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5E Class choices that didn't sync well with the campaign.

aco175

Hero
We are playing Elemental Evil line right now and one player is a fire cleric. It is cool and fits for the most part except when we fight fire things. He can take away the fire resistance, but not immunity. He does like things now that he has better armor and the magical pick that does +1d8 lightning.
 

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One of my groups will be starting the Depths in a few weeks when the current campaign ends. I'll make them pay for your troubles. ;)
It'll be a nice change of pace for them and a good throw back to the good old days.
 

ccs

40th lv DM
I suppose the closest would've been my PF Chevelier when we played Wrath of the Rightious.
His mount/mounted combat, while not completely useless, were hardly ever important. Or even practical in many situations.
I used it when I could.
Otherwise he spent a lot of time fighting as a foot knight.

Some would argue that my 5e 1/2ling warlock might fall into this category as her offense is virtually non-existent. (An intentional choice on my end)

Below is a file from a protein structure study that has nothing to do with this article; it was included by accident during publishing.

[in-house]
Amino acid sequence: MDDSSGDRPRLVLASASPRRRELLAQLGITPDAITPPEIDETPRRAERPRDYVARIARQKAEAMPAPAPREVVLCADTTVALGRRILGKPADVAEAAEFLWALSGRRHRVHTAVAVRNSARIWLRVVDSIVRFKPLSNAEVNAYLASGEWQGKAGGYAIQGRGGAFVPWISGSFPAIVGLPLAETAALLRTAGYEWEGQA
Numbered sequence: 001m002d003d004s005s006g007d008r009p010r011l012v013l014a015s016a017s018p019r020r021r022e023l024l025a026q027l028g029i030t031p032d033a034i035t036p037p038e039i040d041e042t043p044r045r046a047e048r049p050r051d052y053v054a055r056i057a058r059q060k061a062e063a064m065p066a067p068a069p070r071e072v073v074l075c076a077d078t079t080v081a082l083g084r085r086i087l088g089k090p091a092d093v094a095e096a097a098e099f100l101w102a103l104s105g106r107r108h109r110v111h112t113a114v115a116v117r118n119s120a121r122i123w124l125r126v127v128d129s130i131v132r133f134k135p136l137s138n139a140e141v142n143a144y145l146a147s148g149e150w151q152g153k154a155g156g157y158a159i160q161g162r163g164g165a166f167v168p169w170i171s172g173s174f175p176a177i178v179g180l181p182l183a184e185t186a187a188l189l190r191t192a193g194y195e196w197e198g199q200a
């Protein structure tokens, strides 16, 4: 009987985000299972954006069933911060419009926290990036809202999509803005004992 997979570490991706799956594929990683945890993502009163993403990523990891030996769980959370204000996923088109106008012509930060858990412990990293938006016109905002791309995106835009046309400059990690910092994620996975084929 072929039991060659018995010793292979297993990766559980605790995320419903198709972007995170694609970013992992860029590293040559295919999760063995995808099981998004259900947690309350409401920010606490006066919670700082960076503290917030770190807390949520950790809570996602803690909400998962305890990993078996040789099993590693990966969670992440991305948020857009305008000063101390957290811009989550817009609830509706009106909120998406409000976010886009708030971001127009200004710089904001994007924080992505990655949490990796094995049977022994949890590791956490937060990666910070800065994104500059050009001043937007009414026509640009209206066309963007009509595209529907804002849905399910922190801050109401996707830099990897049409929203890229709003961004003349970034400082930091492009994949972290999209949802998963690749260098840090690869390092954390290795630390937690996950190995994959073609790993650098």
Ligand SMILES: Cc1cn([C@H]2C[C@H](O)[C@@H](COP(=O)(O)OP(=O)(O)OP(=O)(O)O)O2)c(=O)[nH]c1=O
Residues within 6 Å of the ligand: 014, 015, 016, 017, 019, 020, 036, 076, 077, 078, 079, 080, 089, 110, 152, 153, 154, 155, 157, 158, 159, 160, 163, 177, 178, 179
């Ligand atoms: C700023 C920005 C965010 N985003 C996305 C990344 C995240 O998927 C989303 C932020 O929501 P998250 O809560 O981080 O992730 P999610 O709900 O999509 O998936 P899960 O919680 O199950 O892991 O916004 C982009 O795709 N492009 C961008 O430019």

But they overlook the fact that my intent is a tiny support & RP character. And that she has always accomplished those roles.
 

FrozenNorth

Adventurer
I have not, but that's because we discuss the general concept of the campaign in advance. The only time we've had any issues was a player who insisted on playing a wizard in 3E, when we knew we were going to start as slaves. He was all but useless until we recovered his spellbook, but whenever he complained we all reminded him he knew what he was getting into.
I second this. When I start a campaign, I try to ensure that the players have the maximum opportunity to make informed decisions. I strongly believe that surprising players is overrated.